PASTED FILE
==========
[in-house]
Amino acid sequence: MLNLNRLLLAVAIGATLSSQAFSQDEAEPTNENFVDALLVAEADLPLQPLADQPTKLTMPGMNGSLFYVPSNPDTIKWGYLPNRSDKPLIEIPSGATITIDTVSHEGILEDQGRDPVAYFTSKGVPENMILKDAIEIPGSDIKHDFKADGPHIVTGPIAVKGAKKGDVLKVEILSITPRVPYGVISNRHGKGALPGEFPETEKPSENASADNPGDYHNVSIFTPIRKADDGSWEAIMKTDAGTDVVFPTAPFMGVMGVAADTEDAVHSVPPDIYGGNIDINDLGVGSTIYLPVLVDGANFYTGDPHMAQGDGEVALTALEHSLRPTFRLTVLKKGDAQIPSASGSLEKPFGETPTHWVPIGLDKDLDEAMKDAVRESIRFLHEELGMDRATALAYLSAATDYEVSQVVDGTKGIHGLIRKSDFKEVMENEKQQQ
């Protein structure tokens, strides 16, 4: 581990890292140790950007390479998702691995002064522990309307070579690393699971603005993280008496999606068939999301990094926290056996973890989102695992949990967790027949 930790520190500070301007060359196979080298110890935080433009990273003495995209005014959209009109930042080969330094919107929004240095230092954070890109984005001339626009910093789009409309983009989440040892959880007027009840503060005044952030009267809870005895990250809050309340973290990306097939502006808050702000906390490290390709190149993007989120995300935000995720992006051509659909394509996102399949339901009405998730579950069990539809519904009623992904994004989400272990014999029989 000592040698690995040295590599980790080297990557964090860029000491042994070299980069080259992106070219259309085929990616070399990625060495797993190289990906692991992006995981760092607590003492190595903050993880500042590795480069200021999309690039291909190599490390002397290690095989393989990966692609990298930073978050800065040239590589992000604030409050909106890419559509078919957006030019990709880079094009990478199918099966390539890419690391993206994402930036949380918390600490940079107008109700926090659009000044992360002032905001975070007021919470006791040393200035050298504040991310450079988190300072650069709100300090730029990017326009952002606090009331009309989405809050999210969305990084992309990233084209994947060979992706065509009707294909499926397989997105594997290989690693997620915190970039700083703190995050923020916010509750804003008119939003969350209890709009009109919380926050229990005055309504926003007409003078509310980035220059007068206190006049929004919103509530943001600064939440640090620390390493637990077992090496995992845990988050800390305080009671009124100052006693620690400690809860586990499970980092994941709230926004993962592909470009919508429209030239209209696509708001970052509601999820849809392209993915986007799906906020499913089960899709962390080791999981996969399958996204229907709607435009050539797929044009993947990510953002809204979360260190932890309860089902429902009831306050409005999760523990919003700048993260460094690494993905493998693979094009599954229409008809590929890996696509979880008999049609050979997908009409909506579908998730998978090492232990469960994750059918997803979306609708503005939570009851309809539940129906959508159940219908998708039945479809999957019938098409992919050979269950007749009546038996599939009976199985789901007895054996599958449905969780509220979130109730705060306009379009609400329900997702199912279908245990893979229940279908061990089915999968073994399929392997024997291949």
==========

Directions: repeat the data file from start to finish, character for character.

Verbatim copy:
[in-house]
Amino acid sequence: MLNLNRLLLAVAIGATLSSQAFSQDEAEPTNENFVDALLVAEADLPLQPLADQPTKLTMPGMNGSLFYVPSNPDTIKWGYLPNRSDKPLIEIPSGATITIDTVSHEGILEDQGRDPVAYFTSKGVPENMILKDAIEIPGSDIKHDFKADGPHIVTGPIAVKGAKKGDVLKVEILSITPRVPYGVISNRHGKGALPGEFPETEKPSENASADNPGDYHNVSIFTPIRKADDGSWEAIMKTDAGTDVVFPTAPFMGVMGVAADTEDAVHSVPPDIYGGNIDINDLGVGSTIYLPVLVDGANFYTGDPHMAQGDGEVALTALEHSLRPTFRLTVLKKGDAQIPSASGSLEKPFGETPTHWVPIGLDKDLDEAMKDAVRESIRFLHEELGMDRATALAYLSAATDYEVSQVVDGTKGIHGLIRKSDFKEVMENEKQQQ
């Protein structure tokens, strides 16, 4: 581990890292140790950007390479998702691995002064522990309307070579690393699971603005993280008496999606068939999301990094926290056996973890989102695992949990967790027949 930790520190500070301007060359196979080298110890935080433009990273003495995209005014959209009109930042080969330094919107929004240095230092954070890109984005001339626009910093789009409309983009989440040892959880007027009840503060005044952030009267809870005895990250809050309340973290990306097939502006808050702000906390490290390709190149993007989120995300935000995720992006051509659909394509996102399949339901009405998730579950069990539809519904009623992904994004989400272990014999029989 000592040698690995040295590599980790080297990557964090860029000491042994070299980069080259992106070219259309085929990616070399990625060495797993190289990906692991992006995981760092607590003492190595903050993880500042590795480069200021999309690039291909190599490390002397290690095989393989990966692609990298930073978050800065040239590589992000604030409050909106890419559509078919957006030019990709880079094009990478199918099966390539890419690391993206994402930036949380918390600490940079107008109700926090659009000044992360002032905001975070007021919470006791040393200035050298504040991310450079988190300072650069709100300090730029990017326009952002606090009331009309989405809050999210969305990084992309990233084209994947060979992706065509009707294909499926397989997105594997290989690693997620915190970039700083703190995050923020916010509750804003008119939003969350209890709009009109919380926050229990005055309504926003007409003078509310980035220059007068206190006049929004919103509530943001600064939440640090620390390493637990077992090496995992845990988050800390305080009671009124100052006693620690400690809860586990499970980092994941709230926004993962592909470009919508429209030239209209696509708001970052509601999820849809392209993915986007799906906020499913089960899709962390080791999981996969399958996204229907709607435009050539797929044009993947990510953002809204979360260190932890309860089902429902009831306050409005999760523990919003700048993260460094690494993905493998693979094009599954229409008809590929890996696509979880008999049609050979997908009409909506579908998730998978090492232990469960994750059918997803979306609708503005939570009851309809539940129906959508159940219908998708039945479809999957019938098409992919050979269950007749009546038996599939009976199985789901007895054996599958449905969780509220979130109730705060306009379009609400329900997702199912279908245990893979229940279908061990089915999968073994399929392997024997291949």